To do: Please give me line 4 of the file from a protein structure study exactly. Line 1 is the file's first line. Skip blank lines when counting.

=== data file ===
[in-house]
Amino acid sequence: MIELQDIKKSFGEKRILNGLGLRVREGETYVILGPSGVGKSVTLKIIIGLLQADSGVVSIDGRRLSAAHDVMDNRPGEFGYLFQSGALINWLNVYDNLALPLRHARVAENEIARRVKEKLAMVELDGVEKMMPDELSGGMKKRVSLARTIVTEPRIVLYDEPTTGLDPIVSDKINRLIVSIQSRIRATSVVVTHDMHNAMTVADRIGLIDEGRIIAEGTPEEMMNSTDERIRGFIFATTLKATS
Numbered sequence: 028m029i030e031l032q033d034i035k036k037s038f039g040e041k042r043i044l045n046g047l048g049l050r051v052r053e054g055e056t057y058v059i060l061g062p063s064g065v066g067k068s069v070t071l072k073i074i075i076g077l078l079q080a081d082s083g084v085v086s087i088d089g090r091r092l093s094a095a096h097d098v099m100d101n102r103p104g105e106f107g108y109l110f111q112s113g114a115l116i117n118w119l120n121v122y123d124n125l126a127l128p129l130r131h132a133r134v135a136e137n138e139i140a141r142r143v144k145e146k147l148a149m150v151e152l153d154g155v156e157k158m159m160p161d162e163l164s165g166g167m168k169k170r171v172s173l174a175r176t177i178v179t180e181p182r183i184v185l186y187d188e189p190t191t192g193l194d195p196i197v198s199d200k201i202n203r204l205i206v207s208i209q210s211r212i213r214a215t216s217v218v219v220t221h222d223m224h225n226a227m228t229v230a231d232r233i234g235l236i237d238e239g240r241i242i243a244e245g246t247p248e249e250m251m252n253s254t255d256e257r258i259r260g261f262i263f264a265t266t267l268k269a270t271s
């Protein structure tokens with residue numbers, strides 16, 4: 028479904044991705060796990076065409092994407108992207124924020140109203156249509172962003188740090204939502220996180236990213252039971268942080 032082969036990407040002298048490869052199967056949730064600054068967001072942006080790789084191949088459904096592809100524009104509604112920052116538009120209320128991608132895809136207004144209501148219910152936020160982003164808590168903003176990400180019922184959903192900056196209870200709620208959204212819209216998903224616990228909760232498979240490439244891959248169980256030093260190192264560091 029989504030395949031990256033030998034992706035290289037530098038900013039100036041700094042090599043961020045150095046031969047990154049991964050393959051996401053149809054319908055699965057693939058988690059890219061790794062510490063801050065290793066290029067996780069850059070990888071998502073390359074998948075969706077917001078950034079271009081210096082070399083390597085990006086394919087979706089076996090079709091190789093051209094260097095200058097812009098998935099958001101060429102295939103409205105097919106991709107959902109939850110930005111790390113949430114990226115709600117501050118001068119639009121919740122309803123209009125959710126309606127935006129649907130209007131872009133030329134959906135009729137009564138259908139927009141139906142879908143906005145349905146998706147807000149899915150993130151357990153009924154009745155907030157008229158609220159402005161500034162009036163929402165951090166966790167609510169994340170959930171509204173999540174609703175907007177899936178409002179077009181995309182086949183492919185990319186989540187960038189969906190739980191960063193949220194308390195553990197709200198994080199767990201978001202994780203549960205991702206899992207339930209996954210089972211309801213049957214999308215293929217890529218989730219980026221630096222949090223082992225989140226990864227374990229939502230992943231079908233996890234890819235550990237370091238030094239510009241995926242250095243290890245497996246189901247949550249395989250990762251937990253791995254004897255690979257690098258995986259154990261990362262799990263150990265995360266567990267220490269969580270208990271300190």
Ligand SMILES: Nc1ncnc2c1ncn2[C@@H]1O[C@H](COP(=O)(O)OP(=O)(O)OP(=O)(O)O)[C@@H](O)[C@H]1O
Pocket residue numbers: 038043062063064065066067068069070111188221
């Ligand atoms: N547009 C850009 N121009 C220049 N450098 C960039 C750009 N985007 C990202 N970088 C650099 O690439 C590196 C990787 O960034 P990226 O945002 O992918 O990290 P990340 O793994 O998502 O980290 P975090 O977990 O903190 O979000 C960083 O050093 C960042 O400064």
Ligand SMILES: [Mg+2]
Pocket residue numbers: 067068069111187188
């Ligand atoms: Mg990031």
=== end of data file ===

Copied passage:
């Protein structure tokens with residue numbers, strides 16, 4: 028479904044991705060796990076065409092994407108992207124924020140109203156249509172962003188740090204939502220996180236990213252039971268942080 032082969036990407040002298048490869052199967056949730064600054068967001072942006080790789084191949088459904096592809100524009104509604112920052116538009120209320128991608132895809136207004144209501148219910152936020160982003164808590168903003176990400180019922184959903192900056196209870200709620208959204212819209216998903224616990228909760232498979240490439244891959248169980256030093260190192264560091 029989504030395949031990256033030998034992706035290289037530098038900013039100036041700094042090599043961020045150095046031969047990154049991964050393959051996401053149809054319908055699965057693939058988690059890219061790794062510490063801050065290793066290029067996780069850059070990888071998502073390359074998948075969706077917001078950034079271009081210096082070399083390597085990006086394919087979706089076996090079709091190789093051209094260097095200058097812009098998935099958001101060429102295939103409205105097919106991709107959902109939850110930005111790390113949430114990226115709600117501050118001068119639009121919740122309803123209009125959710126309606127935006129649907130209007131872009133030329134959906135009729137009564138259908139927009141139906142879908143906005145349905146998706147807000149899915150993130151357990153009924154009745155907030157008229158609220159402005161500034162009036163929402165951090166966790167609510169994340170959930171509204173999540174609703175907007177899936178409002179077009181995309182086949183492919185990319186989540187960038189969906190739980191960063193949220194308390195553990197709200198994080199767990201978001202994780203549960205991702206899992207339930209996954210089972211309801213049957214999308215293929217890529218989730219980026221630096222949090223082992225989140226990864227374990229939502230992943231079908233996890234890819235550990237370091238030094239510009241995926242250095243290890245497996246189901247949550249395989250990762251937990253791995254004897255690979257690098258995986259154990261990362262799990263150990265995360266567990267220490269969580270208990271300190």